Getting out the projector and looking at the 'new' photos was a bit of a family occasion.  These days you snap a vacation pic and within seconds everyone you know has seen it via email, Facebook, Twitter, etc.

Edited by JesseCuster, 27 October 2013 - 09:00 PM.

"The first principle is that you must not fool yourself and you are the easiest person to fool." - Richard P. Feynman

#8    sinewave

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Posted 27 October 2013 - 09:01 PM

View PostSheWomanCatTypeThing, on 27 October 2013 - 08:25 PM, said:

Its halloween week, The papers are full of this sort of stuff all week. I take no notice and I'm not a sceptic as such.

Yeah, good point.  Tis the season.

Edited by sinewave, 27 October 2013 - 09:08 PM.


#9    sinewave

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Posted 27 October 2013 - 09:04 PM

View PostJesseCuster, on 27 October 2013 - 08:58 PM, said:

That in itself isn't strange.

When I was a kid my parents had a camera that was only taken out a few times a year - Christmas, birthdays, weddings, vacations, etc. - and a handful of pics were taken at a time.  At the end of the year they might have shot 2 or 3 rolls of film which would be sent to be developed.  As a result, when the slides came back, we'd be seeing photos for the first time that were taken anything up to 12 months previously.  That was back in the 1970s (consistent with the story in the OP saying the photo was from 1975).  Come the 1980s and cameras were smaller and cheaper and it only took a week to get photos developed...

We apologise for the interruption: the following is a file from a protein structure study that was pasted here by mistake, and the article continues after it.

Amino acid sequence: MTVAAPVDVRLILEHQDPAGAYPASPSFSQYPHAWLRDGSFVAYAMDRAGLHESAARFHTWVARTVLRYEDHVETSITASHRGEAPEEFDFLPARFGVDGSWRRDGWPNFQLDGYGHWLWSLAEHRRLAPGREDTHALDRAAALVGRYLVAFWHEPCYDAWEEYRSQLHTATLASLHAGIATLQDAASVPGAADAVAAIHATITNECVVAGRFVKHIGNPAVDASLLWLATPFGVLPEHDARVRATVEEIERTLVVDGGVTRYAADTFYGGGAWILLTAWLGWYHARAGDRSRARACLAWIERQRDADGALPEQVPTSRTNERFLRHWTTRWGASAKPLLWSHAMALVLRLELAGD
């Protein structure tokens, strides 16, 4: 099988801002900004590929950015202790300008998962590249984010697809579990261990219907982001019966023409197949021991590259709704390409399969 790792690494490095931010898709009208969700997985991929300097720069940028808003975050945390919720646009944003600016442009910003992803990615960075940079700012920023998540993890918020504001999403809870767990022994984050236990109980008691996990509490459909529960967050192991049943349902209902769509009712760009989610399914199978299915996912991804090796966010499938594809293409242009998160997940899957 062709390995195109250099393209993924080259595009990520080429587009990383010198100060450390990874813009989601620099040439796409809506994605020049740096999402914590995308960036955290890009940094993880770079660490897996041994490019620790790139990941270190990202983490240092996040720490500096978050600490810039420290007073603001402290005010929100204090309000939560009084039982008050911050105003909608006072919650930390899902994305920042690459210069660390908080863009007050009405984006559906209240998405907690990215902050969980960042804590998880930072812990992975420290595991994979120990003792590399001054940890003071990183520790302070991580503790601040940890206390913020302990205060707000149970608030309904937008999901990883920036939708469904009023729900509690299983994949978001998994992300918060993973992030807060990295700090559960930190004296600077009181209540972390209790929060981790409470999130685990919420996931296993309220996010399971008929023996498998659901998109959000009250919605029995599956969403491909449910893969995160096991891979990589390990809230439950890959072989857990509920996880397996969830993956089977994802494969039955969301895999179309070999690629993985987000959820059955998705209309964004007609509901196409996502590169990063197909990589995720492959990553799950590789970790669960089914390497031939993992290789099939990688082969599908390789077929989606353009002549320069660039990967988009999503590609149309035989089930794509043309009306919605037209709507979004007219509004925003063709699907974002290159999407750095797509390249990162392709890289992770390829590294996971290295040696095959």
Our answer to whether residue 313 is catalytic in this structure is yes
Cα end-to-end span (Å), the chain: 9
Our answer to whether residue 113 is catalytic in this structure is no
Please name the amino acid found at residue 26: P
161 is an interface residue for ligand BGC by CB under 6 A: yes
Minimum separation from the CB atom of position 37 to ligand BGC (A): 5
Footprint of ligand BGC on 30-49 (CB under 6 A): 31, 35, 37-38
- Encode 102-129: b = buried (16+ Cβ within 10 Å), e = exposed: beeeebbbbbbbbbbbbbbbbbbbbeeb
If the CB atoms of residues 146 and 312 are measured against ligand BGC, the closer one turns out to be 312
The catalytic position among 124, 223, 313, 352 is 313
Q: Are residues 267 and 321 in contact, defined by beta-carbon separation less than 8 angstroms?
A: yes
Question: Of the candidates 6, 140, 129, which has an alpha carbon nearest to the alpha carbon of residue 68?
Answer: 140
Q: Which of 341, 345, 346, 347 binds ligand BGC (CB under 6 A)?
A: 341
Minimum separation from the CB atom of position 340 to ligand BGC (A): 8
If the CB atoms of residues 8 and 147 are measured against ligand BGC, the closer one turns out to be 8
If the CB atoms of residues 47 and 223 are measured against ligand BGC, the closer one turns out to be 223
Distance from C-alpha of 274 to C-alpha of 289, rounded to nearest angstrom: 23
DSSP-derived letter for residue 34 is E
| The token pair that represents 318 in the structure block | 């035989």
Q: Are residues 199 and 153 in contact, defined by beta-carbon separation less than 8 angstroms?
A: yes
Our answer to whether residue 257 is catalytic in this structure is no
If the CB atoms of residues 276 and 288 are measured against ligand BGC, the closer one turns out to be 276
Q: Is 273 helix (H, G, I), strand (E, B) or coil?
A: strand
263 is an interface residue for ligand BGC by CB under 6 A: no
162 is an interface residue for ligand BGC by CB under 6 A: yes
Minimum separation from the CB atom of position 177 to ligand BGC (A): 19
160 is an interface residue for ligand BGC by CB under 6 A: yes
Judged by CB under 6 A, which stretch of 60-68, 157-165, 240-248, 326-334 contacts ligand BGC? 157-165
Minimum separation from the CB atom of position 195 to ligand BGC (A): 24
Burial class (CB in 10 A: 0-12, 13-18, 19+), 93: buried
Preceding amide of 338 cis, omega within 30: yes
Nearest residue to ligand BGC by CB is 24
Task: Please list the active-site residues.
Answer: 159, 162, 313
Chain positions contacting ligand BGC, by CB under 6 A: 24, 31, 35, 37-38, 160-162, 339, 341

Getting out the projector and looking at the 'new' photos was a bit of a family occasion.  These days you snap a vacation pic and within seconds everyone you know has seen it via email, Facebook, Twitter, etc.

Yeah, I know.  Sometimes it took a while to use up the roll.  I am just questioning their recall after 6 months.   I have a picture of me visiting Fallingwater that shows one of the groundskeepers working on the landscaping a few feet away from where I was standing.  I do not remember him being there when the picture was taken but clearly he was.

Edited by sinewave, 27 October 2013 - 09:07 PM.


#10    SheWomanCatTypeThing

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Posted 27 October 2013 - 09:30 PM